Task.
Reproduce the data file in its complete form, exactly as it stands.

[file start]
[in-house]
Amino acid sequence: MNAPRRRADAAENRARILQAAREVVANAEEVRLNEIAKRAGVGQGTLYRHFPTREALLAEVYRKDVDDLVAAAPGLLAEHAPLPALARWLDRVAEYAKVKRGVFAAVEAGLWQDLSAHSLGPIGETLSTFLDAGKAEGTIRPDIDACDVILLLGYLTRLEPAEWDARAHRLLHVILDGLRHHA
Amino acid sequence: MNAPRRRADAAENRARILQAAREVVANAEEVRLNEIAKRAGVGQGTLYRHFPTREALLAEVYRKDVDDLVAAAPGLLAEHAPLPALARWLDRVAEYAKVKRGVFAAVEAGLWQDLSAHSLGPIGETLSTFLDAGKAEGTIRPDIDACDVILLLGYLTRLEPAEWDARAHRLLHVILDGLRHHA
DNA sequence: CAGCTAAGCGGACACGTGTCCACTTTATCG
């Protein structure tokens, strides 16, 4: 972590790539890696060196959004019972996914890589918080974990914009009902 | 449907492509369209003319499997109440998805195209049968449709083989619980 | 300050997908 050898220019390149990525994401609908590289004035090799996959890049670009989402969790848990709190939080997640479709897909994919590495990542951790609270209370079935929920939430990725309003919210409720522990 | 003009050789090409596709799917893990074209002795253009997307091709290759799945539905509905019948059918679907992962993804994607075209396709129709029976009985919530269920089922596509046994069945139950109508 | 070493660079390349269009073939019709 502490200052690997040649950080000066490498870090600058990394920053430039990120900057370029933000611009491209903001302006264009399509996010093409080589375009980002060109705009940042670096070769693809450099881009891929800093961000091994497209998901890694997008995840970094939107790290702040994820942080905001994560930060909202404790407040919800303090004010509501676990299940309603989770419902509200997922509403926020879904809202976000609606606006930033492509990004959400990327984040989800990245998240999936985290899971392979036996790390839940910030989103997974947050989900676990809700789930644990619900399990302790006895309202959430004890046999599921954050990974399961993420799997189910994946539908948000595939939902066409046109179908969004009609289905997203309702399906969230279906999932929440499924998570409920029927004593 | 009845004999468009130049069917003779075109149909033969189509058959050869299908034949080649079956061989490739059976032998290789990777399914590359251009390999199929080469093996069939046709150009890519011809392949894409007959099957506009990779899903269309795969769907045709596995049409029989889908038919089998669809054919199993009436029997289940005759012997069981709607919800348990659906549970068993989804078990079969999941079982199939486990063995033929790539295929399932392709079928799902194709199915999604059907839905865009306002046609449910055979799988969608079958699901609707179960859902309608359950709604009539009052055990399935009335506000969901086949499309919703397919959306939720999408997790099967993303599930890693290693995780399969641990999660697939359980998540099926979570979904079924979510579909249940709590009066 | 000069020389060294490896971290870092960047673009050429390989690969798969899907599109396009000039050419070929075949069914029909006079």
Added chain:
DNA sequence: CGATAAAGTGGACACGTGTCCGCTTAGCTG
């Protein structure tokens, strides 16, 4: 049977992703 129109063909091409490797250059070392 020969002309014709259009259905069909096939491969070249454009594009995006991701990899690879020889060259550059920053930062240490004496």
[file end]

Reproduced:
[in-house]
Amino acid sequence: MNAPRRRADAAENRARILQAAREVVANAEEVRLNEIAKRAGVGQGTLYRHFPTREALLAEVYRKDVDDLVAAAPGLLAEHAPLPALARWLDRVAEYAKVKRGVFAAVEAGLWQDLSAHSLGPIGETLSTFLDAGKAEGTIRPDIDACDVILLLGYLTRLEPAEWDARAHRLLHVILDGLRHHA
Amino acid sequence: MNAPRRRADAAENRARILQAAREVVANAEEVRLNEIAKRAGVGQGTLYRHFPTREALLAEVYRKDVDDLVAAAPGLLAEHAPLPALARWLDRVAEYAKVKRGVFAAVEAGLWQDLSAHSLGPIGETLSTFLDAGKAEGTIRPDIDACDVILLLGYLTRLEPAEWDARAHRLLHVILDGLRHHA
DNA sequence: CAGCTAAGCGGACACGTGTCCACTTTATCG
């Protein structure tokens, strides 16, 4: 972590790539890696060196959004019972996914890589918080974990914009009902 | 449907492509369209003319499997109440998805195209049968449709083989619980 | 300050997908 050898220019390149990525994401609908590289004035090799996959890049670009989402969790848990709190939080997640479709897909994919590495990542951790609270209370079935929920939430990725309003919210409720522990 | 003009050789090409596709799917893990074209002795253009997307091709290759799945539905509905019948059918679907992962993804994607075209396709129709029976009985919530269920089922596509046994069945139950109508 | 070493660079390349269009073939019709 502490200052690997040649950080000066490498870090600058990394920053430039990120900057370029933000611009491209903001302006264009399509996010093409080589375009980002060109705009940042670096070769693809450099881009891929800093961000091994497209998901890694997008995840970094939107790290702040994820942080905001994560930060909202404790407040919800303090004010509501676990299940309603989770419902509200997922509403926020879904809202976000609606606006930033492509990004959400990327984040989800990245998240999936985290899971392979036996790390839940910030989103997974947050989900676990809700789930644990619900399990302790006895309202959430004890046999599921954050990974399961993420799997189910994946539908948000595939939902066409046109179908969004009609289905997203309702399906969230279906999932929440499924998570409920029927004593 | 009845004999468009130049069917003779075109149909033969189509058959050869299908034949080649079956061989490739059976032998290789990777399914590359251009390999199929080469093996069939046709150009890519011809392949894409007959099957506009990779899903269309795969769907045709596995049409029989889908038919089998669809054919199993009436029997289940005759012997069981709607919800348990659906549970068993989804078990079969999941079982199939486990063995033929790539295929399932392709079928799902194709199915999604059907839905865009306002046609449910055979799988969608079958699901609707179960859902309608359950709604009539009052055990399935009335506000969901086949499309919703397919959306939720999408997790099967993303599930890693290693995780399969641990999660697939359980998540099926979570979904079924979510579909249940709590009066 | 000069020389060294490896971290870092960047673009050429390989690969798969899907599109396009000039050419070929075949069914029909006079």
Added chain:
DNA sequence: CGATAAAGTGGACACGTGTCCGCTTAGCTG
């Protein structure tokens, strides 16, 4: 049977992703 129109063909091409490797250059070392 020969002309014709259009259905069909096939491969070249454009594009995006991701990899690879020889060259550059920053930062240490004496």